I no longer use paper towels for anything other than bio-hazardous spills (pet waste, vomit, etc.) or if the person I’m visiting doesn’t have towels. I have a bunch of towels, microfiber works the best IMO, and I just keep them in a mini hamper and wash them as infrequently as possible! I say I like microfiber, but don‘t go out and buy new towels, that’s besides the point, honestly! An old cut up towel or old rags will work just as well!
7. Rechargeable batteries
A great option to cut down on waste, especially if you find yourself using battery powered things over and over again. They are great for gamers who have battery powered controllers, especially.
8. Reusable water bottle and coffee cups
If you’re someone who is buying a water bottle every day, a reusable water bottle will no doubt save you money over time, and it will happen VERY quickly. You can even find reusable bottles at low cost stores like Five Below off Dollar Tree, too! Additionally, a lot of coffee shops will give you a discount if you use your own cup!
9. Using your dishwasher
Yep. That’s right. Using your dishwasher (assuming it’s a newer model) is typically less wasteful than washing by hand [https://www.npr.org/sections/thesalt/2017/11/24/564055953/to-save-water-should-you-wash-your-hands-of-hand-washing-dishes]!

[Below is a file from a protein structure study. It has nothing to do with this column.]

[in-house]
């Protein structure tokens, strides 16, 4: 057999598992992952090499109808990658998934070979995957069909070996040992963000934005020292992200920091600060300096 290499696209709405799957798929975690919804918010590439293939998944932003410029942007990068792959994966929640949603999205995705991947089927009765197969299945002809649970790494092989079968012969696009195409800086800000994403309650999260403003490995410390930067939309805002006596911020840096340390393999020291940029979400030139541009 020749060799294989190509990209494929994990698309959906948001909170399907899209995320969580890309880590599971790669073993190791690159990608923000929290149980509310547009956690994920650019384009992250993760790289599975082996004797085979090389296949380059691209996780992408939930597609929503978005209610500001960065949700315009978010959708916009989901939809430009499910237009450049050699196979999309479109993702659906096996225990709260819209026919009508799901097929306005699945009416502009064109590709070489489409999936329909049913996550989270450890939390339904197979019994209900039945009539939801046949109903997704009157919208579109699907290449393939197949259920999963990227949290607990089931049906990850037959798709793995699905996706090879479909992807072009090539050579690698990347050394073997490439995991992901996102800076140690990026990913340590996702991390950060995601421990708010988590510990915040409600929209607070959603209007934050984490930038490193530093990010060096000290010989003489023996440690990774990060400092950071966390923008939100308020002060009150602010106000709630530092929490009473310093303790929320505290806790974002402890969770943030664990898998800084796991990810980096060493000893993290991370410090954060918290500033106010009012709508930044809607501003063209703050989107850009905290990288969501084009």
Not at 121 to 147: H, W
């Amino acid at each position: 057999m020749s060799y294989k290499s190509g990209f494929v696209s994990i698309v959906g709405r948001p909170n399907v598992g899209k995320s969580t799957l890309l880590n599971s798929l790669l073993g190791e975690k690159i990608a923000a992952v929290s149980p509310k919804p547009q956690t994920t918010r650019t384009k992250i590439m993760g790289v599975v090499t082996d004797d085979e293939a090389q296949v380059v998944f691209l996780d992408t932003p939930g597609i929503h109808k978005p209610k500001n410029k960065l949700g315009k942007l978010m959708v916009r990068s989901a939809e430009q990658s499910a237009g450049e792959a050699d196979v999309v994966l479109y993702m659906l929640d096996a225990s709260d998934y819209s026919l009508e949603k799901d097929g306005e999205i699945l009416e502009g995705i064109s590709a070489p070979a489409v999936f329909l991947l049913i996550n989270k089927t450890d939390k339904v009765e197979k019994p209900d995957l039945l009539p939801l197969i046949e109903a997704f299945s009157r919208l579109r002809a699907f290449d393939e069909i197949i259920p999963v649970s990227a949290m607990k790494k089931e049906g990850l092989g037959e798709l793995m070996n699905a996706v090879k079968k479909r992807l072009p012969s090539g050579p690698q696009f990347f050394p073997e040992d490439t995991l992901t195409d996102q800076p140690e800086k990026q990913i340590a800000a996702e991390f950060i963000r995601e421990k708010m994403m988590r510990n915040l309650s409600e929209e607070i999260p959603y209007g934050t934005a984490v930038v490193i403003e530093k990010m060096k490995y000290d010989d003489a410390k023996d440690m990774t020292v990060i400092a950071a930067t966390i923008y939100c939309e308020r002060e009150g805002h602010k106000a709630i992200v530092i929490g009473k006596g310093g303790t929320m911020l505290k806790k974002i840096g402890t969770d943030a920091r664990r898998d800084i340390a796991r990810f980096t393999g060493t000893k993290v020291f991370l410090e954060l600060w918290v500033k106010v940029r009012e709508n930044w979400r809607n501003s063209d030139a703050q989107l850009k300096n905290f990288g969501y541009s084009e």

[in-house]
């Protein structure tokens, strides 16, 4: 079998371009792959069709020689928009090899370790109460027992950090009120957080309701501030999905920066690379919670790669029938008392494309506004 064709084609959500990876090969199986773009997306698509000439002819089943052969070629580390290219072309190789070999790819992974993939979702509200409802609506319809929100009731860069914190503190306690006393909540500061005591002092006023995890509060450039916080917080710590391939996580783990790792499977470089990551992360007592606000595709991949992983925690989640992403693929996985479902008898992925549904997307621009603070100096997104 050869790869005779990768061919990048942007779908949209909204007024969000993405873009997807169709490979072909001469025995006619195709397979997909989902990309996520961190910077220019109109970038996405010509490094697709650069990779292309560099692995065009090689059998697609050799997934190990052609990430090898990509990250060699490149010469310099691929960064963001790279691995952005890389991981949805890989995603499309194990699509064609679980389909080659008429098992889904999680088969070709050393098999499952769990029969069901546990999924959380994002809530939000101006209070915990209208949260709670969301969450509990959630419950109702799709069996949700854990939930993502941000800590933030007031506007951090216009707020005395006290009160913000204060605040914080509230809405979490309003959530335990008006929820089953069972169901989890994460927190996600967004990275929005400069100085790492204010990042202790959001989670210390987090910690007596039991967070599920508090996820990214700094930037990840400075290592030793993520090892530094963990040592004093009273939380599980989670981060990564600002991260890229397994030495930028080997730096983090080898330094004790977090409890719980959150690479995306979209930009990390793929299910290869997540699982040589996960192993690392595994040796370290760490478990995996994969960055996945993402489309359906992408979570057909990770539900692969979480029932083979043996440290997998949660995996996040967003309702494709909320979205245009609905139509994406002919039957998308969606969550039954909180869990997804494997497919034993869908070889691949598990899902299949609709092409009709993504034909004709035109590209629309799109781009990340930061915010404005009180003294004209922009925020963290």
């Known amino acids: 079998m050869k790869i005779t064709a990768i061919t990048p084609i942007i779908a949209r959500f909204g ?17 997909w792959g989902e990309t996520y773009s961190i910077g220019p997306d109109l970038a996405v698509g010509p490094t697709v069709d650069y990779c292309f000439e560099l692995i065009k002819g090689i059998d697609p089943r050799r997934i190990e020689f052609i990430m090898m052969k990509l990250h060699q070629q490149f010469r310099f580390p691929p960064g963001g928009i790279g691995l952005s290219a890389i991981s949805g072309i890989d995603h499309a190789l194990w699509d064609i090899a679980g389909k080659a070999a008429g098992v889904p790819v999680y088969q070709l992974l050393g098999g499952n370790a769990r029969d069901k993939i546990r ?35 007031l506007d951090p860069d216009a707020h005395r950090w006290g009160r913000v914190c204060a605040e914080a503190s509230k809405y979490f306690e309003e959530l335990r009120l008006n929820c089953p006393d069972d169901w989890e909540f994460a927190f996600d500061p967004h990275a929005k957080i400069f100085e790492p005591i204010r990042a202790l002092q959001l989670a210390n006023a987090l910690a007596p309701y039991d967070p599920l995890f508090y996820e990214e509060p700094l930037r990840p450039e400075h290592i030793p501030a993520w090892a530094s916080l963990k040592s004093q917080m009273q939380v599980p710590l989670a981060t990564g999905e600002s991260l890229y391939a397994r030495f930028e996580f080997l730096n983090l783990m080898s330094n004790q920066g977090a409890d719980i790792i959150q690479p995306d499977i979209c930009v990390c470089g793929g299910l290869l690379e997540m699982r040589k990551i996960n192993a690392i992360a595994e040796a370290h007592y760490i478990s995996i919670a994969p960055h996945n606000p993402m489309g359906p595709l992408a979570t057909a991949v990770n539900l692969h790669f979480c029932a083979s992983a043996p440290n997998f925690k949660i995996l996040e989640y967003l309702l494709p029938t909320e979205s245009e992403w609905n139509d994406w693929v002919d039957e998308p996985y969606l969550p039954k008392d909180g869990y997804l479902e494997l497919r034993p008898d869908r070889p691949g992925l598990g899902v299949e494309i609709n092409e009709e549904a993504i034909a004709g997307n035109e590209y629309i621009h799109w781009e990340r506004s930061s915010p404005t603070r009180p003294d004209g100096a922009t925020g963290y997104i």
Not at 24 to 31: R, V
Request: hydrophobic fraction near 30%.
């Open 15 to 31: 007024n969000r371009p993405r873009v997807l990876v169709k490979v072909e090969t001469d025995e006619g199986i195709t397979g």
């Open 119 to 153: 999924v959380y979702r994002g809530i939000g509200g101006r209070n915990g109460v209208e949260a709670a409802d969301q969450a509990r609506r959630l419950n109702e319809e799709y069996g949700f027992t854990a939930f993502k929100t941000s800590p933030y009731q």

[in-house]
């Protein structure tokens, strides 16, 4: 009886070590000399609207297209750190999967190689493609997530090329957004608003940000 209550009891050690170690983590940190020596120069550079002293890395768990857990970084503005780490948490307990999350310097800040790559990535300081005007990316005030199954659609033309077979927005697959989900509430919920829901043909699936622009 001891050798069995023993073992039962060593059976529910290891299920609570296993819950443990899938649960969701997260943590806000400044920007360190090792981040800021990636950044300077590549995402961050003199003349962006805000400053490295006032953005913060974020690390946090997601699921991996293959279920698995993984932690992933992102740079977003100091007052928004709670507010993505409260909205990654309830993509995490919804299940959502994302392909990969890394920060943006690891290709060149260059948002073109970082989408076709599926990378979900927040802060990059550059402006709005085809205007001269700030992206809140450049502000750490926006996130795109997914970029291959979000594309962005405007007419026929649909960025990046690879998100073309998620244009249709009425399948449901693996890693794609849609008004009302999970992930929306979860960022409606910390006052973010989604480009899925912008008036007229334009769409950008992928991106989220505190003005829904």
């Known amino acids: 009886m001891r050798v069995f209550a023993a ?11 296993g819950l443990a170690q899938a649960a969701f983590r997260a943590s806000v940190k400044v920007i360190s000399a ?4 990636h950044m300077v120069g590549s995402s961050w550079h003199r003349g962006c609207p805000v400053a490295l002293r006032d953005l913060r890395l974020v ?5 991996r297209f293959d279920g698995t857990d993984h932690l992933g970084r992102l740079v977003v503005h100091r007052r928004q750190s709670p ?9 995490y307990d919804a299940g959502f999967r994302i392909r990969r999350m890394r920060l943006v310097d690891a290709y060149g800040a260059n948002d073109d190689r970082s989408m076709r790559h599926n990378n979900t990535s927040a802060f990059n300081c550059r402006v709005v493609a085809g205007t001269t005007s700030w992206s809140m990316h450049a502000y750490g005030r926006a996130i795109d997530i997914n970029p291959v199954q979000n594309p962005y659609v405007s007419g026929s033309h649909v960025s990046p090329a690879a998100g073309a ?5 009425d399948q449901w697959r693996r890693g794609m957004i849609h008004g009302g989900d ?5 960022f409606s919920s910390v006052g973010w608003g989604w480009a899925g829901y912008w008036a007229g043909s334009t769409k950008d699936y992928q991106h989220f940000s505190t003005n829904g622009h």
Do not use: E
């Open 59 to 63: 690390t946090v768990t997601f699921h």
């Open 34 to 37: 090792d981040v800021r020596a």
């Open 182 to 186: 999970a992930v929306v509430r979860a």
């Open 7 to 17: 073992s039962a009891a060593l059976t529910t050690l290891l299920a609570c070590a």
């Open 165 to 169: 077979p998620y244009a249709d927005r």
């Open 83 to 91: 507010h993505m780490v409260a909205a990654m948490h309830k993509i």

10. Eco/Econ on your A/C unit
I’m not telling you to go without A/C, I do live in Louisiana after all! But I recommend keeping it within reasonable limits and using the more energy efficient modes when possible.
11. Time your showers
I think we can all figure this one out!
12. Bring your own food containers
A lot of takeout places will allow you to use your own container. I sometimes get weirdly embarrassed to ask, I’m sure others have felt that way too. But the reality is that many people care about the environment! I’ve had people who were genuinely excited to be able to use my container and save the waste. However, I do not recommend doing this during the pandemic, it could expose you or others to germs that could be avoided otherwise.
12.5 Eat your leftovers
Wasting food isn’t just an issue because there’s starving children. It’s an environmental issue as well. Reducing your food waste is easy and will end up saving you money, it has saved me probably over $100 this year alone.
13. A bidet
We’ll end on kind of an awkward one to talk about, but oh well! Bidets can help save on toilet paper which is wasteful, sometimes harmful, and expensive. You can find a bidet for under $40, which is the price of what? Idk, 1 roll of toilet paper ;). Not really, but it will save you money in less than a year, typically.
Before I sign off, I’m just going to toss out a few more ideas that don’t require explanation: thrift shopping, eating less red meat, donating old clothes, fixing things instead of replacing them, following the three R’s in the correct order (REDUCE, and what you can’t reduce you should REUSE, and when you can no longer reuse it than you may RECYCLE), walk or bike instead of driving, learn to cook, use your library (or an e-reader), read scientific articles and findings.
As always, thanks for reading, and don’t forget to check out my social media @cmlovesscience where you can keep an eye out for an upcoming poll about the topic of part 4!